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9 Young people's sexual behavior
Description:  
Goals: The importance of young people in determining the future of the HIV epidemic has been described above. As HIV prevalence rises in a generalised epidemic, the chances of encountering an infected partner early in one's sexual life rises. The importance of establishing safe behaviour early on therefore also grows. The success of prevention programmes will increasingly be judged on their success in persuading young people to delay first sex, to restrict the number of partners they choose (or the type of sexual partners they have or choose) and to use condoms when they do have sex. 
Key Questions: When do young people initiate sexual activity?
How safe is their sexual behaviour when they do become active?
Is there a national policy on condom promotion among young people, both in and out of school? 
Challenges: One of the difficulties in choosing indicators of sexual activity among young people is defining an appropriate age group. The most common age group chosen in this context is 15-24. However the relevance of this spectrum may vary considerably from country to country. In many countries with high prevalence HIV epidemics, a sizeable proportion of young people are sexually active before 15. In these cases, surveys focusing on young people should sample respondents below 15. There is also wide variation in the proportions sexually active across the entire age range typically thought to represent "youth". Most indicators of sexual behaviour in young people should therefore be presented separately for the age groups under 15 (where relevant), 15-19, and 20-24. It is possible that the age range sampled in youth surveys will vary by gender within a country. As with all indicators of sexual behaviour, indicators for young people should be presented separately by gender, even when the age range chosen is identical for both sexes.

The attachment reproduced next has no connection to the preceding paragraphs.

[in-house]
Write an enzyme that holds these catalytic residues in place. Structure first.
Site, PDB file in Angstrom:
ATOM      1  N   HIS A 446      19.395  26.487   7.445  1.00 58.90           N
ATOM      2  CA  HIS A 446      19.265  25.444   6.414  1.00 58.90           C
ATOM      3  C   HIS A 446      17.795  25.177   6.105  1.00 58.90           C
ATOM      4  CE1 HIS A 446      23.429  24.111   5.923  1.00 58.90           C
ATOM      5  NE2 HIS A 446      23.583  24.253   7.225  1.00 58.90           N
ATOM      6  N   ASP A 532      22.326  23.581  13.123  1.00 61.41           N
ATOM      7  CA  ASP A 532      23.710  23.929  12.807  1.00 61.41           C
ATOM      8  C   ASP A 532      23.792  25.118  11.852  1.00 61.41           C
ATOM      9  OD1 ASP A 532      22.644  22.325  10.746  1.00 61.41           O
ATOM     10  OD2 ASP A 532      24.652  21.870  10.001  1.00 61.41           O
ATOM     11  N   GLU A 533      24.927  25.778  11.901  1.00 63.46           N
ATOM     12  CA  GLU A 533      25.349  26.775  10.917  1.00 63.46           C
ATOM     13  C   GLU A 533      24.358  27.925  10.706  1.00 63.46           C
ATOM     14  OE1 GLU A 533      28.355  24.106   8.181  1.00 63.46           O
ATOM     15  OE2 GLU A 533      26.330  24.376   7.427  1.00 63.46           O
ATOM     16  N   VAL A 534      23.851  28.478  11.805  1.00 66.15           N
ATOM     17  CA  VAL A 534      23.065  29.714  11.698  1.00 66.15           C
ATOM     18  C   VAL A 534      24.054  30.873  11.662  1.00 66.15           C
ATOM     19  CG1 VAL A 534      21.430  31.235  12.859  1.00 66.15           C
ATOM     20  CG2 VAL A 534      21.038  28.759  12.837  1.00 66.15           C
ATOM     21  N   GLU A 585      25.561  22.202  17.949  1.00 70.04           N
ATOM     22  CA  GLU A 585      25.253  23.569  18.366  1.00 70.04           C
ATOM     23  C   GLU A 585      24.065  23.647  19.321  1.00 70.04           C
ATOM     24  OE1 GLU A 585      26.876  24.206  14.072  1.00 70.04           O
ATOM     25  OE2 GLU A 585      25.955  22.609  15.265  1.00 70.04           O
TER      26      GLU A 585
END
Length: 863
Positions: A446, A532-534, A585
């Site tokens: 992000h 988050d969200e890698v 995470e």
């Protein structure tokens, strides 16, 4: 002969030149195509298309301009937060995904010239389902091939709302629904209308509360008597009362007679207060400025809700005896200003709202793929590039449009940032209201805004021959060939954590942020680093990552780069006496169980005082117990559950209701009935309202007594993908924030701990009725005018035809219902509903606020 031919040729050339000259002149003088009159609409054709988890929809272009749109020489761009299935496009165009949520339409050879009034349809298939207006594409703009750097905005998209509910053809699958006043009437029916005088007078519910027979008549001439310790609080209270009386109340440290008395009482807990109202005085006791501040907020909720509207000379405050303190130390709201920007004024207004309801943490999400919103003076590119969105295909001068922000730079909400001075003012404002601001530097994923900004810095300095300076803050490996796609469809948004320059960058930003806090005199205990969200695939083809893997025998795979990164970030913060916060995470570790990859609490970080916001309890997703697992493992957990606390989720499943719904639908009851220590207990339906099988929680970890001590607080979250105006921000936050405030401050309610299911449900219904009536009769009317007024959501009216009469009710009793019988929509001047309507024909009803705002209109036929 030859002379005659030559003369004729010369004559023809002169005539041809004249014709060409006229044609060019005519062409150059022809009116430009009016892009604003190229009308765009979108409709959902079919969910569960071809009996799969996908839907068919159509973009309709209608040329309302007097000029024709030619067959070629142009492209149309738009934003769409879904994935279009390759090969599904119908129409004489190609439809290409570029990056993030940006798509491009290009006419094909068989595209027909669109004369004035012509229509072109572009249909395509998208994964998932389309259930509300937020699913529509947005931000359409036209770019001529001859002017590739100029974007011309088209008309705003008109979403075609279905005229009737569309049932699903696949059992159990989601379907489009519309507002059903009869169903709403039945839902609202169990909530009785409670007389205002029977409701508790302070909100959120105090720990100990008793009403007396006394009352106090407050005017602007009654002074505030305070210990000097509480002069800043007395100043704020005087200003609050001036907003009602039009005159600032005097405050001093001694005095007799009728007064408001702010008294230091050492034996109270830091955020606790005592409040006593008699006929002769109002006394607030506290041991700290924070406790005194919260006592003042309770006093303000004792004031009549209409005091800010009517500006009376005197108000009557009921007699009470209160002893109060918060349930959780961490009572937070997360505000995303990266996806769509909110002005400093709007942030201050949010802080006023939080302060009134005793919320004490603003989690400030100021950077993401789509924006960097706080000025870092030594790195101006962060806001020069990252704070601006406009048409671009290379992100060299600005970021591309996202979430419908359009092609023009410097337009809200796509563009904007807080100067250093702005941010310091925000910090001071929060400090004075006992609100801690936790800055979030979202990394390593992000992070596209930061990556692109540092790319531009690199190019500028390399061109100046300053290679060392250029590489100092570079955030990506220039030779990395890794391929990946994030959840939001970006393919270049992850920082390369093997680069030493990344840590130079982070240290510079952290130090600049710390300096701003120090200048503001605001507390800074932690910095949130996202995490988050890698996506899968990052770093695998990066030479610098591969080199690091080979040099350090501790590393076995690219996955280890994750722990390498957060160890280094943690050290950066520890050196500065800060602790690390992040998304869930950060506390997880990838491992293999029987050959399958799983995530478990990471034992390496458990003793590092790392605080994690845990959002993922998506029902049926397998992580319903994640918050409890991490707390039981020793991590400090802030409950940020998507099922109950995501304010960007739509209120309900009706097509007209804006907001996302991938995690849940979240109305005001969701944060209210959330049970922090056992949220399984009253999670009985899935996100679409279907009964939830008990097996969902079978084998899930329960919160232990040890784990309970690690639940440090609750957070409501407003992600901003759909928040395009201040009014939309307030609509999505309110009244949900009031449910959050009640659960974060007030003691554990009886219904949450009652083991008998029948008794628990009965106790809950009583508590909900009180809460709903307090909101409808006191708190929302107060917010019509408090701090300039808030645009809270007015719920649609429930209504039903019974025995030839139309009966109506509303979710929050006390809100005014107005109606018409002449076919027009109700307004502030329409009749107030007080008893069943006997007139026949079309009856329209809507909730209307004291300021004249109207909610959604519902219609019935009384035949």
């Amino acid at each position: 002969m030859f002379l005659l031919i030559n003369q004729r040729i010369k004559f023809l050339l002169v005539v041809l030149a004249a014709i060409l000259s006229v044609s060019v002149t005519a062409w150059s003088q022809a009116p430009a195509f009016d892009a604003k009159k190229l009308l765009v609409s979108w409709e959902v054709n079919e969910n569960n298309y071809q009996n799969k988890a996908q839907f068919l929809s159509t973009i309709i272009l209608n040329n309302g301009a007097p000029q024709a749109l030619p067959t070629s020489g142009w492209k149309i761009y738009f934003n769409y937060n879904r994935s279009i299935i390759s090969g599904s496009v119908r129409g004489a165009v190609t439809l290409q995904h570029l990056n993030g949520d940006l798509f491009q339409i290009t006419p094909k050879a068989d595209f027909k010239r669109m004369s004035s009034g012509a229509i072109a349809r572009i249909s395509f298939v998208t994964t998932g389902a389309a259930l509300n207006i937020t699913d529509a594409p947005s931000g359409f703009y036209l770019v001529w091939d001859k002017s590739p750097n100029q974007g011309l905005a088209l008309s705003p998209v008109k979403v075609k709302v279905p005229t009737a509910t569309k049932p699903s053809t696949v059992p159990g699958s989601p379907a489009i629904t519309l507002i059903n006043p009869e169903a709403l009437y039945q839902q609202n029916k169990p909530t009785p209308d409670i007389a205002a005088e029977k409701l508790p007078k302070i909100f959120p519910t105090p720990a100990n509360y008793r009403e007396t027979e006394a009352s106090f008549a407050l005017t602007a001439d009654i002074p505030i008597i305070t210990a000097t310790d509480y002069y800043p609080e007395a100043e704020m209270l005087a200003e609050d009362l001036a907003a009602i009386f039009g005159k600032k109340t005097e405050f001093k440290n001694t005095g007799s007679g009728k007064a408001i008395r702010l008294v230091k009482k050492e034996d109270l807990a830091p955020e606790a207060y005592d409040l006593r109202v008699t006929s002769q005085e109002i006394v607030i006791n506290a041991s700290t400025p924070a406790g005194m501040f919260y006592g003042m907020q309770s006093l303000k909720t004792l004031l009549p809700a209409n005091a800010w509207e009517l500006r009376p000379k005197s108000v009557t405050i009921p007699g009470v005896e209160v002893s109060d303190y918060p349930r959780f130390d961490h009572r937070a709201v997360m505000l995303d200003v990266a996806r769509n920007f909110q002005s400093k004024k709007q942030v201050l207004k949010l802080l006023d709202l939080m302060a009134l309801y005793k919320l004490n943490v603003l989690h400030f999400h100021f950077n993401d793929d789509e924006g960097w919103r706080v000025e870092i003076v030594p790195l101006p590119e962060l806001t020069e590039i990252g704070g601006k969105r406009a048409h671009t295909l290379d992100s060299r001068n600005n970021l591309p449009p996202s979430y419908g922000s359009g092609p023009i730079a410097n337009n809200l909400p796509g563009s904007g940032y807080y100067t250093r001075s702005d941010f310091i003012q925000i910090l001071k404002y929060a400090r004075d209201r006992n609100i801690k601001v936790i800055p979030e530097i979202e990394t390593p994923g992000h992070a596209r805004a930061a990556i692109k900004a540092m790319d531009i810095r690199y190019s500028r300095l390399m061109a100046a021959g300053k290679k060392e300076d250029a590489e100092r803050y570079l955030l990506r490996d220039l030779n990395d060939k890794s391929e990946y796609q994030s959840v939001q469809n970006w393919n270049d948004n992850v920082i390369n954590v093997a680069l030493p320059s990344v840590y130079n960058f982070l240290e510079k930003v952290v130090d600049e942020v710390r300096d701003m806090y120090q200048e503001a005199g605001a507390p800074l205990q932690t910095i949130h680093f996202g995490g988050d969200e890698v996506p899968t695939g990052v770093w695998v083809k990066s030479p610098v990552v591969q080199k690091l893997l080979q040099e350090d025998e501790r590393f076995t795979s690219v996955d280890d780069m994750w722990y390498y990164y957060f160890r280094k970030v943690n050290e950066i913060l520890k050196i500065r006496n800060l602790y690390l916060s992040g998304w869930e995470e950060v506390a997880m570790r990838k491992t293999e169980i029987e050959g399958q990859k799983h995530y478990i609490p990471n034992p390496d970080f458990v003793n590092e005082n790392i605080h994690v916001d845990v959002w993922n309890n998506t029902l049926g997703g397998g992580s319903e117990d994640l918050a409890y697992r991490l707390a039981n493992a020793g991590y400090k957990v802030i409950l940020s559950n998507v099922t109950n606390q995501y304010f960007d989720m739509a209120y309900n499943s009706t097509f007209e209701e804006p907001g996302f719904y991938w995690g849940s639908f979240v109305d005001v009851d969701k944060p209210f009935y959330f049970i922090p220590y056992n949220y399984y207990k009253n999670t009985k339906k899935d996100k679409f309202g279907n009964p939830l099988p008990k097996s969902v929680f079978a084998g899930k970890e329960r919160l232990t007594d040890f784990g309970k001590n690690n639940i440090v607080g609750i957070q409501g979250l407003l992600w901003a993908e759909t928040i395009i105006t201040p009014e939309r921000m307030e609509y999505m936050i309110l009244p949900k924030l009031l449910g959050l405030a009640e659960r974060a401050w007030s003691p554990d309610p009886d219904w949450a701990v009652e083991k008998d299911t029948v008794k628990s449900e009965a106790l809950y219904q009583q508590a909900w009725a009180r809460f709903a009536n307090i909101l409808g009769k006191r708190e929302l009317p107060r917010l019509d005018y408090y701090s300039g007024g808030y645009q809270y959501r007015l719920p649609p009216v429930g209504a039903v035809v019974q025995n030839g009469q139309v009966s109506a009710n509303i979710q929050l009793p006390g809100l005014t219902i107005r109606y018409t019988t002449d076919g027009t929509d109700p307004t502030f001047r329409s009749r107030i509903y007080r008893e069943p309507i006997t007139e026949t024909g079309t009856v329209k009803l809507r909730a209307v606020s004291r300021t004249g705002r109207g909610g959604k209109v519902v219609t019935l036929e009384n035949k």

Past attempts to track sexual behaviour among young people have sometimes been hindered by opposition from parents, teachers or other "gatekeepers" who believe that questions about sexual behaviour are, in the words of the education ministry in one high HIV prevalence country, "not relevant to this cohort". Tracking sexual behaviour among young people is a critical part of good monitoring and evaluation of HIV programmes in countries with generalised epidemics. However programme managers should be aware that these monitoring activities need to be carefully prepared so that their purpose is clearly understood and potential opposition is minimised.

Special attention also needs to be paid to sampling strategies for young people, since those most at risk may well be outside the conventional frameworks that afford access to young people, such as the school system. Sampling strategies then may consider sites where out-of-school youth may gather, such as work sites, night-clubs and soccer fields. Focusing on high transmission sites or locations where sexual activity takes place should also be considered. 


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